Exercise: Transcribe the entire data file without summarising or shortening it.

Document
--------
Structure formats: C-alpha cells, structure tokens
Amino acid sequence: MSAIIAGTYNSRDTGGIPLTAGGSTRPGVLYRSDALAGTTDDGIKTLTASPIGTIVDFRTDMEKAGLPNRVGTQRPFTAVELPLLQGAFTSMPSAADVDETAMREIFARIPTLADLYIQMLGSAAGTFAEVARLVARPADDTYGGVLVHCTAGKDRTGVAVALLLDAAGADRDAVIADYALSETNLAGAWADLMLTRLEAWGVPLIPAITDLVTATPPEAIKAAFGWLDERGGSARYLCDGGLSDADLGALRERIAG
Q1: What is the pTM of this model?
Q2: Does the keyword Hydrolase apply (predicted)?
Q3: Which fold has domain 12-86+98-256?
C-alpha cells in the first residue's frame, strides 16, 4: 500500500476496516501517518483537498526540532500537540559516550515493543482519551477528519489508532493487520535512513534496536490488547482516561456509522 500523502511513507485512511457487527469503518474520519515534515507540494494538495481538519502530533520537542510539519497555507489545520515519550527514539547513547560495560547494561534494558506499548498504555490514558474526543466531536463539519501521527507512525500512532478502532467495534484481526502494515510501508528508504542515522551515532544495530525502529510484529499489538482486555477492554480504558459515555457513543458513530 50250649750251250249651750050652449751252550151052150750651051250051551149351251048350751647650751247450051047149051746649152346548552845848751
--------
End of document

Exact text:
Structure formats: C-alpha cells, structure tokens
Amino acid sequence: MSAIIAGTYNSRDTGGIPLTAGGSTRPGVLYRSDALAGTTDDGIKTLTASPIGTIVDFRTDMEKAGLPNRVGTQRPFTAVELPLLQGAFTSMPSAADVDETAMREIFARIPTLADLYIQMLGSAAGTFAEVARLVARPADDTYGGVLVHCTAGKDRTGVAVALLLDAAGADRDAVIADYALSETNLAGAWADLMLTRLEAWGVPLIPAITDLVTATPPEAIKAAFGWLDERGGSARYLCDGGLSDADLGALRERIAG
Q1: What is the pTM of this model?
Q2: Does the keyword Hydrolase apply (predicted)?
Q3: Which fold has domain 12-86+98-256?
C-alpha cells in the first residue's frame, strides 16, 4: 500500500476496516501517518483537498526540532500537540559516550515493543482519551477528519489508532493487520535512513534496536490488547482516561456509522 500523502511513507485512511457487527469503518474520519515534515507540494494538495481538519502530533520537542510539519497555507489545520515519550527514539547513547560495560547494561534494558506499548498504555490514558474526543466531536463539519501521527507512525500512532478502532467495534484481526502494515510501508528508504542515522551515532544495530525502529510484529499489538482486555477492554480504558459515555457513543458513530 50250649750251250249651750050652449751252550151052150750651051250051551149351251048350751647650751247450051047149051746649152346548552845848751